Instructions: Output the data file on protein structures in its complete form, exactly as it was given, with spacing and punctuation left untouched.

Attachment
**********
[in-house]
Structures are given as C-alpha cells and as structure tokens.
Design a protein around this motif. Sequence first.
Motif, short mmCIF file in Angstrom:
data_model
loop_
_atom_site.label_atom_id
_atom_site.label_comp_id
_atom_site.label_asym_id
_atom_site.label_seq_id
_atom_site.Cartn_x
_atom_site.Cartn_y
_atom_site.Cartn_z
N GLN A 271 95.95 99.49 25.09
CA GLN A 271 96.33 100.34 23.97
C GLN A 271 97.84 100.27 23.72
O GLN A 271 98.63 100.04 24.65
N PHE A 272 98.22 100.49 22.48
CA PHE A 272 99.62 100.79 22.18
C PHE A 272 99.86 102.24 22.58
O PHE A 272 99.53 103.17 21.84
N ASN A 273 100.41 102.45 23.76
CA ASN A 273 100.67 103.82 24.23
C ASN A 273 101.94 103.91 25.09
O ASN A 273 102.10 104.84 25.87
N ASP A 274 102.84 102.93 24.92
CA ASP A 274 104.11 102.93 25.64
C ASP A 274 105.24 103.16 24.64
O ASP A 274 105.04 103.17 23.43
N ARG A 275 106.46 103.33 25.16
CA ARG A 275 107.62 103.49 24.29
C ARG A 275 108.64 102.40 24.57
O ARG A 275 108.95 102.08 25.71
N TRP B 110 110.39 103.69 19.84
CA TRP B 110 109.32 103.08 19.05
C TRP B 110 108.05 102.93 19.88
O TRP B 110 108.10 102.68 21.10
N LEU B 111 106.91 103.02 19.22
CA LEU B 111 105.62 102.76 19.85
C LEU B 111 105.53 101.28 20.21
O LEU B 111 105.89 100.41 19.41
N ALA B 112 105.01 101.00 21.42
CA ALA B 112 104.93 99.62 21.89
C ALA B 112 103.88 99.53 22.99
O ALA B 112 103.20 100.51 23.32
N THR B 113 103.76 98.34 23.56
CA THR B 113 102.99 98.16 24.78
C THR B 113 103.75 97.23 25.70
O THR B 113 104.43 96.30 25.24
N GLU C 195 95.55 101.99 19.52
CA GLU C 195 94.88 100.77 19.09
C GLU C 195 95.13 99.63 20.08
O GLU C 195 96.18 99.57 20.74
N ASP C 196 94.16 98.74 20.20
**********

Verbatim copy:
[in-house]
Structures are given as C-alpha cells and as structure tokens.
Design a protein around this motif. Sequence first.
Motif, short mmCIF file in Angstrom:
data_model
loop_
_atom_site.label_atom_id
_atom_site.label_comp_id
_atom_site.label_asym_id
_atom_site.label_seq_id
_atom_site.Cartn_x
_atom_site.Cartn_y
_atom_site.Cartn_z
N GLN A 271 95.95 99.49 25.09
CA GLN A 271 96.33 100.34 23.97
C GLN A 271 97.84 100.27 23.72
O GLN A 271 98.63 100.04 24.65
N PHE A 272 98.22 100.49 22.48
CA PHE A 272 99.62 100.79 22.18
C PHE A 272 99.86 102.24 22.58
O PHE A 272 99.53 103.17 21.84
N ASN A 273 100.41 102.45 23.76
CA ASN A 273 100.67 103.82 24.23
C ASN A 273 101.94 103.91 25.09
O ASN A 273 102.10 104.84 25.87
N ASP A 274 102.84 102.93 24.92
CA ASP A 274 104.11 102.93 25.64
C ASP A 274 105.24 103.16 24.64
O ASP A 274 105.04 103.17 23.43
N ARG A 275 106.46 103.33 25.16
CA ARG A 275 107.62 103.49 24.29
C ARG A 275 108.64 102.40 24.57
O ARG A 275 108.95 102.08 25.71
N TRP B 110 110.39 103.69 19.84
CA TRP B 110 109.32 103.08 19.05
C TRP B 110 108.05 102.93 19.88
O TRP B 110 108.10 102.68 21.10
N LEU B 111 106.91 103.02 19.22
CA LEU B 111 105.62 102.76 19.85
C LEU B 111 105.53 101.28 20.21
O LEU B 111 105.89 100.41 19.41
N ALA B 112 105.01 101.00 21.42
CA ALA B 112 104.93 99.62 21.89
C ALA B 112 103.88 99.53 22.99
O ALA B 112 103.20 100.51 23.32
N THR B 113 103.76 98.34 23.56
CA THR B 113 102.99 98.16 24.78
C THR B 113 103.75 97.23 25.70
O THR B 113 104.43 96.30 25.24
N GLU C 195 95.55 101.99 19.52
CA GLU C 195 94.88 100.77 19.09
C GLU C 195 95.13 99.63 20.08
O GLU C 195 96.18 99.57 20.74
N ASP C 196 94.16 98.74 20.20